By Bill Milkowski | Published January 2020
Pianist Marc Copland has an uncanny way of inhabiting a tune, working his way through it from the inside out while exploring new harmonic possibilities along the way. And in bassist Drew Gress and drummer Joey Baron, he’s got two kindred spirits to join him on his quest. Their uncommonly sensitive, conversational approach is steeped in the tradition of Bill Evans’ classic trio, though Copland’s collective (which previously served as the rhythm section for John Abercrombie’s last two albums) pushes the envelope even further here.
Their ethereal take on “Afro Blue” might be the most strikingly impressionistic of the set. Opening with a free-flowing dialogue between Baron and Gress, it only begins to allude to the familiar melody at the two-minute mark, shortly after Copland enters the picture. Baron’s simmering 6/8 feel sets an understated, swinging tone as Copland’s penchant for reharmonization kicks in. This organic, in-the-moment approach also informs versions of “Cantaloupe Island,” as well as “And I Love Her,” both imbued with mysterioso reharmonization. Baron throws down a chugging groove on the free-form “Mitzi & Jonny,” then showcases his brushwork on a harmonically tweaked rendition of Cole Porter’s “You Do Something To Me” to close out the album in classy, slightly subversive fashion.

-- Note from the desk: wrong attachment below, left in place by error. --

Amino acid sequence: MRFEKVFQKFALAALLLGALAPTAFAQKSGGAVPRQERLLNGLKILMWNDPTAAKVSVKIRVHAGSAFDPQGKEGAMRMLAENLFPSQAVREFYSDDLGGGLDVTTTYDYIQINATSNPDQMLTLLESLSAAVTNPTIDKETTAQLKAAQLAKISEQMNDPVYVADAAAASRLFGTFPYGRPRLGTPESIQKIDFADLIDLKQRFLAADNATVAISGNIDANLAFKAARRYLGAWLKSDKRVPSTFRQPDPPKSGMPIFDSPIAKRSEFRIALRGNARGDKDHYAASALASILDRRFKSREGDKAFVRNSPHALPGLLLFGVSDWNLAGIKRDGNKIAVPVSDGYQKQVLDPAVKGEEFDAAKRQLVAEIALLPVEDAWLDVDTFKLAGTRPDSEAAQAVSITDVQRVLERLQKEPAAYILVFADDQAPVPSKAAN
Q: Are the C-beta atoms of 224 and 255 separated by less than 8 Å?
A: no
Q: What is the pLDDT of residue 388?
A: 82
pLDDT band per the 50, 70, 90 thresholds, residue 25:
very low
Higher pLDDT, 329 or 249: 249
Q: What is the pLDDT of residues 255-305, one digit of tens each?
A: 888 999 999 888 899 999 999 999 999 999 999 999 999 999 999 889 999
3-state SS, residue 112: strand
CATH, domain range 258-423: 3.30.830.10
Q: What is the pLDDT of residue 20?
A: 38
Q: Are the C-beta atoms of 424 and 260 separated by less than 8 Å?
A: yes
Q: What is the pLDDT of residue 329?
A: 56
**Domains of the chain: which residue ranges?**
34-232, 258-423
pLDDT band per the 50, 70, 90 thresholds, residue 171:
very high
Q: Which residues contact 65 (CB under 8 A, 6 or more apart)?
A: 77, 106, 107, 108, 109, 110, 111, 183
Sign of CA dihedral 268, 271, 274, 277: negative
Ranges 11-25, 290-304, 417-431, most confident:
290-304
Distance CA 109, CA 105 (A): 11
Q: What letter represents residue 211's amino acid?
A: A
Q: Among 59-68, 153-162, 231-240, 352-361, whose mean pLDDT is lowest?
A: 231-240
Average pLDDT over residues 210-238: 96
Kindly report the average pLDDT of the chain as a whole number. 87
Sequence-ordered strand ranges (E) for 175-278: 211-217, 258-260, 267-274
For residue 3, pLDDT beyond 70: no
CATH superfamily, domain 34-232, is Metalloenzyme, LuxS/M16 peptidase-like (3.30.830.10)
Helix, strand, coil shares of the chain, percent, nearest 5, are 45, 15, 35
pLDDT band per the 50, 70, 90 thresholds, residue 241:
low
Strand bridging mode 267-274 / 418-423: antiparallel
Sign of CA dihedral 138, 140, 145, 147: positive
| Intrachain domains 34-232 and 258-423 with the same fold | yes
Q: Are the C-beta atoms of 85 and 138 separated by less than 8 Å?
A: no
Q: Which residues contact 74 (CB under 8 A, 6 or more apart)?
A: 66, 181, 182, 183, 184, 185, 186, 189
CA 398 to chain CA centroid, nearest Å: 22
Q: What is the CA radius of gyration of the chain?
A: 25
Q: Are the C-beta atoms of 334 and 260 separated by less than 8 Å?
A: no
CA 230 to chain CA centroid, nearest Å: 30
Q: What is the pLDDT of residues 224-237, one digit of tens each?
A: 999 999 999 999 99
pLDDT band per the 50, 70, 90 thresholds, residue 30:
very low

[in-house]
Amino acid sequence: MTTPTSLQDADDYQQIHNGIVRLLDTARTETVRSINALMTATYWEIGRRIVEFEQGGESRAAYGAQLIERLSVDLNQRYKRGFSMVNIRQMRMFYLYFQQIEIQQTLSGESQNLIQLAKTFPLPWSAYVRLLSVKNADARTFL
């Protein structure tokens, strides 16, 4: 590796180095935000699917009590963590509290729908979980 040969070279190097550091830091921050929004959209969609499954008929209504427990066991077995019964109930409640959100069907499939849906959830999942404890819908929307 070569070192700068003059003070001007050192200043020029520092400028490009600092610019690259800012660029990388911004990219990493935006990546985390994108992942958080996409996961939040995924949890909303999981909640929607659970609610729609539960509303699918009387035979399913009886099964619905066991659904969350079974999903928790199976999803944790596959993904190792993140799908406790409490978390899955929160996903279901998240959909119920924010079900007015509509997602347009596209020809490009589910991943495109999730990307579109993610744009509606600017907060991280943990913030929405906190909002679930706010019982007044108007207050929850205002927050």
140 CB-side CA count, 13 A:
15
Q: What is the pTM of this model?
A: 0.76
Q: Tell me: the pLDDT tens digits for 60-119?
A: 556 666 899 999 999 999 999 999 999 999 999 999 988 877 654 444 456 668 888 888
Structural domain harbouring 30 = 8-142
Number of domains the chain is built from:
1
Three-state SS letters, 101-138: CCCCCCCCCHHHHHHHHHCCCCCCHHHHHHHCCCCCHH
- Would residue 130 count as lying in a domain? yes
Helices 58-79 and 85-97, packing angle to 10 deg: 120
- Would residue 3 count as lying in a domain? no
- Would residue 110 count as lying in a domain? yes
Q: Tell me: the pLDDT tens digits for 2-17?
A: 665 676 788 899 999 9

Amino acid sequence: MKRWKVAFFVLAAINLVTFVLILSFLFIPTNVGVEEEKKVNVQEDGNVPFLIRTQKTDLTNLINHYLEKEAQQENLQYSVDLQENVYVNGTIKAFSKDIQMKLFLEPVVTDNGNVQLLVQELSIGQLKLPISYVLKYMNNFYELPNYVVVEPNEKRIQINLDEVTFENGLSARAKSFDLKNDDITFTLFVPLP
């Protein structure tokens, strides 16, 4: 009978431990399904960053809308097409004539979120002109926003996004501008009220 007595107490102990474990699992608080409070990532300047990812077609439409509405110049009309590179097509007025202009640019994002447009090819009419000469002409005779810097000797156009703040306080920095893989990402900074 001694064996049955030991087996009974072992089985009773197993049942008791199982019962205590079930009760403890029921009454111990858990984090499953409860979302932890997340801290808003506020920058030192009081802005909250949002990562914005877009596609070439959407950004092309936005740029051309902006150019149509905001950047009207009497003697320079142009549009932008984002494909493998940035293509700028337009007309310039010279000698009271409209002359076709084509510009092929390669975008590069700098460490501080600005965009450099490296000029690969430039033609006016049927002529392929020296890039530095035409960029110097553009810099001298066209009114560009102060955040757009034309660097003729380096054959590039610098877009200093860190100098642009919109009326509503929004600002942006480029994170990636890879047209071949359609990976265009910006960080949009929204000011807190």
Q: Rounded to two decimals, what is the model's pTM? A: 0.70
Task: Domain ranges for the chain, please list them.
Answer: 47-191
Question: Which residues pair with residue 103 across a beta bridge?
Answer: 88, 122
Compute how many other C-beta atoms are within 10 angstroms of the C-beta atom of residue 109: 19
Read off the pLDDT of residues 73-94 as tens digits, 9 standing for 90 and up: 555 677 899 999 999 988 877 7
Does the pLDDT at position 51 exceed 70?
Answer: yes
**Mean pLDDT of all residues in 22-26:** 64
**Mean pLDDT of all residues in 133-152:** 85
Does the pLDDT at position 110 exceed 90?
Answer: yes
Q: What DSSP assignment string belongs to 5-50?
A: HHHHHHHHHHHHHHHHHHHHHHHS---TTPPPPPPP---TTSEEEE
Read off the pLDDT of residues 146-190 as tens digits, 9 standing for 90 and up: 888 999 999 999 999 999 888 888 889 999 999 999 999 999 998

And I Love Her: Afro Blue; Cantaloupe Island; Figment; Might Have Been; Love Letter; Day And Night; And I Love Her; Mitzi & Jonny; You Do Something To Me. (65:50).
Personnel: Marc Copland, piano; Drew Gress, bass; Joey Baron, drums.